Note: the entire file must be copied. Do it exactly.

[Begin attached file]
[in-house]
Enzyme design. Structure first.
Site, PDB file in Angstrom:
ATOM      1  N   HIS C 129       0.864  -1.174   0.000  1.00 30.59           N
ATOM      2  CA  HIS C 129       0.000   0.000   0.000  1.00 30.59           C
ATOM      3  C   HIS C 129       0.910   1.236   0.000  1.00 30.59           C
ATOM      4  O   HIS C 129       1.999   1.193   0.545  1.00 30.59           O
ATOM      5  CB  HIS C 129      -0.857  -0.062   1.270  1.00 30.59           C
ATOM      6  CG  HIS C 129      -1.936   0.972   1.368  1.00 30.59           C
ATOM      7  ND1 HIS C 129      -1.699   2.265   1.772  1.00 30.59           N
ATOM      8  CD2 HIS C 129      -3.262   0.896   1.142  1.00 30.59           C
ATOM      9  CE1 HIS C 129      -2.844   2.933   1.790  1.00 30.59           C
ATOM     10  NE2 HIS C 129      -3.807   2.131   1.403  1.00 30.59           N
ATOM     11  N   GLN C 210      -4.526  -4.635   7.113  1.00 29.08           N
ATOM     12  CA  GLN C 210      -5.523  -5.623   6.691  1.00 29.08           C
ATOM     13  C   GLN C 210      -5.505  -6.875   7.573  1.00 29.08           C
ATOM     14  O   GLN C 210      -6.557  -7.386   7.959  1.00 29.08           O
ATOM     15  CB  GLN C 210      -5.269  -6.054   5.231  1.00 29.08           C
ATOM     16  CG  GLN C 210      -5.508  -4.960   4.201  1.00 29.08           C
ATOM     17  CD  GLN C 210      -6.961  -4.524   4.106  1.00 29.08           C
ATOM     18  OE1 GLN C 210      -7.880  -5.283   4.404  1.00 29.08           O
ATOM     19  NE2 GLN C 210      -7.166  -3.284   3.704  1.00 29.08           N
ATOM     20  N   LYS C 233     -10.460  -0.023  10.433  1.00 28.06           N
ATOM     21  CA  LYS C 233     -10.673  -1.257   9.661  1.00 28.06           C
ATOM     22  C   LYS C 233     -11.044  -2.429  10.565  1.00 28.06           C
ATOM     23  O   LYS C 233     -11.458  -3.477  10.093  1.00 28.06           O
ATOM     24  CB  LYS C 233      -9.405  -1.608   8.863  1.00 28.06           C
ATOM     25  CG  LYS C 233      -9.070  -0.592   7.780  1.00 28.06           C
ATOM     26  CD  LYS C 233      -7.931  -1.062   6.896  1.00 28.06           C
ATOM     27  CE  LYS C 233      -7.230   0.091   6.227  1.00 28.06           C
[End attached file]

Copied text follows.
[in-house]
Enzyme design. Structure first.
Site, PDB file in Angstrom:
ATOM      1  N   HIS C 129       0.864  -1.174   0.000  1.00 30.59           N
ATOM      2  CA  HIS C 129       0.000   0.000   0.000  1.00 30.59           C
ATOM      3  C   HIS C 129       0.910   1.236   0.000  1.00 30.59           C
ATOM      4  O   HIS C 129       1.999   1.193   0.545  1.00 30.59           O
ATOM      5  CB  HIS C 129      -0.857  -0.062   1.270  1.00 30.59           C
ATOM      6  CG  HIS C 129      -1.936   0.972   1.368  1.00 30.59           C
ATOM      7  ND1 HIS C 129      -1.699   2.265   1.772  1.00 30.59           N
ATOM      8  CD2 HIS C 129      -3.262   0.896   1.142  1.00 30.59           C
ATOM      9  CE1 HIS C 129      -2.844   2.933   1.790  1.00 30.59           C
ATOM     10  NE2 HIS C 129      -3.807   2.131   1.403  1.00 30.59           N
ATOM     11  N   GLN C 210      -4.526  -4.635   7.113  1.00 29.08           N
ATOM     12  CA  GLN C 210      -5.523  -5.623   6.691  1.00 29.08           C
ATOM     13  C   GLN C 210      -5.505  -6.875   7.573  1.00 29.08           C
ATOM     14  O   GLN C 210      -6.557  -7.386   7.959  1.00 29.08           O
ATOM     15  CB  GLN C 210      -5.269  -6.054   5.231  1.00 29.08           C
ATOM     16  CG  GLN C 210      -5.508  -4.960   4.201  1.00 29.08           C
ATOM     17  CD  GLN C 210      -6.961  -4.524   4.106  1.00 29.08           C
ATOM     18  OE1 GLN C 210      -7.880  -5.283   4.404  1.00 29.08           O
ATOM     19  NE2 GLN C 210      -7.166  -3.284   3.704  1.00 29.08           N
ATOM     20  N   LYS C 233     -10.460  -0.023  10.433  1.00 28.06           N
ATOM     21  CA  LYS C 233     -10.673  -1.257   9.661  1.00 28.06           C
ATOM     22  C   LYS C 233     -11.044  -2.429  10.565  1.00 28.06           C
ATOM     23  O   LYS C 233     -11.458  -3.477  10.093  1.00 28.06           O
ATOM     24  CB  LYS C 233      -9.405  -1.608   8.863  1.00 28.06           C
ATOM     25  CG  LYS C 233      -9.070  -0.592   7.780  1.00 28.06           C
ATOM     26  CD  LYS C 233      -7.931  -1.062   6.896  1.00 28.06           C
ATOM     27  CE  LYS C 233      -7.230   0.091   6.227  1.00 28.06           C